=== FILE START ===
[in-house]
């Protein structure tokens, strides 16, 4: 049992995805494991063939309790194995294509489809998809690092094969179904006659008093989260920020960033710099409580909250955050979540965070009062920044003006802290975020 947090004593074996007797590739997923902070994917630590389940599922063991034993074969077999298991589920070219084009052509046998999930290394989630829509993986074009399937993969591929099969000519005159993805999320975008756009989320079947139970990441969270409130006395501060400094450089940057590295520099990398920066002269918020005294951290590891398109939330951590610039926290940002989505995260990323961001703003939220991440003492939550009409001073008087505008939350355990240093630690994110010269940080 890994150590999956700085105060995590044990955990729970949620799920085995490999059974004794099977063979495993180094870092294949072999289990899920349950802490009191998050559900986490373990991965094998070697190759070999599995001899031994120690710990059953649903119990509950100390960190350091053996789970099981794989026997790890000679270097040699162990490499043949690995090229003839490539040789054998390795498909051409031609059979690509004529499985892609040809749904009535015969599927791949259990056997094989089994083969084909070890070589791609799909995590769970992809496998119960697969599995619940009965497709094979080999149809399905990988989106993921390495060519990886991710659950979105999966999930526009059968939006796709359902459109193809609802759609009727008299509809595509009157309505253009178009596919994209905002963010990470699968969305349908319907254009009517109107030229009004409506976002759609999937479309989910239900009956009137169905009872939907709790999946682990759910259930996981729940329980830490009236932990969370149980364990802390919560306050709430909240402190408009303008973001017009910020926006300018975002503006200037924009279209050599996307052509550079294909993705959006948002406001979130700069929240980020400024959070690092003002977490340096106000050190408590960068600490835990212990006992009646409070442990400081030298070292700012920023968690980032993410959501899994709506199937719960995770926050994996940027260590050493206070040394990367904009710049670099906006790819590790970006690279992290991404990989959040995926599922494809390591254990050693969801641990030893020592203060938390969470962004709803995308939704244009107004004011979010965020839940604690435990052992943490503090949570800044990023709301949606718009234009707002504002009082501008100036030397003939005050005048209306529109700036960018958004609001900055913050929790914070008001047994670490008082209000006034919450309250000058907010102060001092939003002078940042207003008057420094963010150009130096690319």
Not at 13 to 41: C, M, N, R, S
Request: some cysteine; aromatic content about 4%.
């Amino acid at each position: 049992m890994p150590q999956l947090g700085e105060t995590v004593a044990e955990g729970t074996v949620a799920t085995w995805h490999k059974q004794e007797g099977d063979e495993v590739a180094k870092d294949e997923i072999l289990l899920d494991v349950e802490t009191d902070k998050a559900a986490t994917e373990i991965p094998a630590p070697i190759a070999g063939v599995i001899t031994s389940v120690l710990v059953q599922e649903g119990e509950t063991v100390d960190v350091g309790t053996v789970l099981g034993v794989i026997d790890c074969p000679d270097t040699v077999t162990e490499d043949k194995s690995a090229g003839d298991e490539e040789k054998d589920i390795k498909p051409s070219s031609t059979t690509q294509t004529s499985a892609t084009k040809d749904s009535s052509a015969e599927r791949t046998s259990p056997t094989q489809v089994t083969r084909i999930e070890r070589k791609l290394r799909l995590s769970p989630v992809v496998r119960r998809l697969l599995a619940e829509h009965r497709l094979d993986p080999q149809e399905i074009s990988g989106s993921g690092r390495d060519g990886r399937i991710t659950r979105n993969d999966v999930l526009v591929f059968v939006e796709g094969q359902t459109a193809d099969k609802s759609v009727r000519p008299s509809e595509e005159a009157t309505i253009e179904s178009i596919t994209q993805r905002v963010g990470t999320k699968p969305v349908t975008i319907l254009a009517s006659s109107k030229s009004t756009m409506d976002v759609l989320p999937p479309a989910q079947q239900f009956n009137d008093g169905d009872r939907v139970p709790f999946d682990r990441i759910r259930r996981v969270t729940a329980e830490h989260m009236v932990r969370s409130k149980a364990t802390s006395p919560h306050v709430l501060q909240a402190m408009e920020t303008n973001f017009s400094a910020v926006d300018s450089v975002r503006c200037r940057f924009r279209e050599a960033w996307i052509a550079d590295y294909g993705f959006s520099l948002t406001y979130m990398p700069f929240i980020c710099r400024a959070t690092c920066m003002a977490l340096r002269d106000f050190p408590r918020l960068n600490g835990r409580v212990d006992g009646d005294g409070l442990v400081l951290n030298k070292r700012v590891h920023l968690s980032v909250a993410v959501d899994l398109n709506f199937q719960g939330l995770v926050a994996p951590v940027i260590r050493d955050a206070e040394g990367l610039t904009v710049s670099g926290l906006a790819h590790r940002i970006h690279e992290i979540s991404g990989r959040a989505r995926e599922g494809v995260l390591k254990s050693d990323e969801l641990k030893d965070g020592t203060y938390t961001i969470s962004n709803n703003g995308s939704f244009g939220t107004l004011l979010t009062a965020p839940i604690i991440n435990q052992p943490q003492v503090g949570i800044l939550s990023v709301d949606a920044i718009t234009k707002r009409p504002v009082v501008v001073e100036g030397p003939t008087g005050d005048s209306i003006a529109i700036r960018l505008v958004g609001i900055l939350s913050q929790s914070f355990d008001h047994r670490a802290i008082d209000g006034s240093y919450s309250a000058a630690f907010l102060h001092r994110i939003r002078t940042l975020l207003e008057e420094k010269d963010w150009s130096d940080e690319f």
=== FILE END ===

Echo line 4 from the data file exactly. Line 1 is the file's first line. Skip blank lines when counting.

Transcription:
Request: some cysteine; aromatic content about 4%.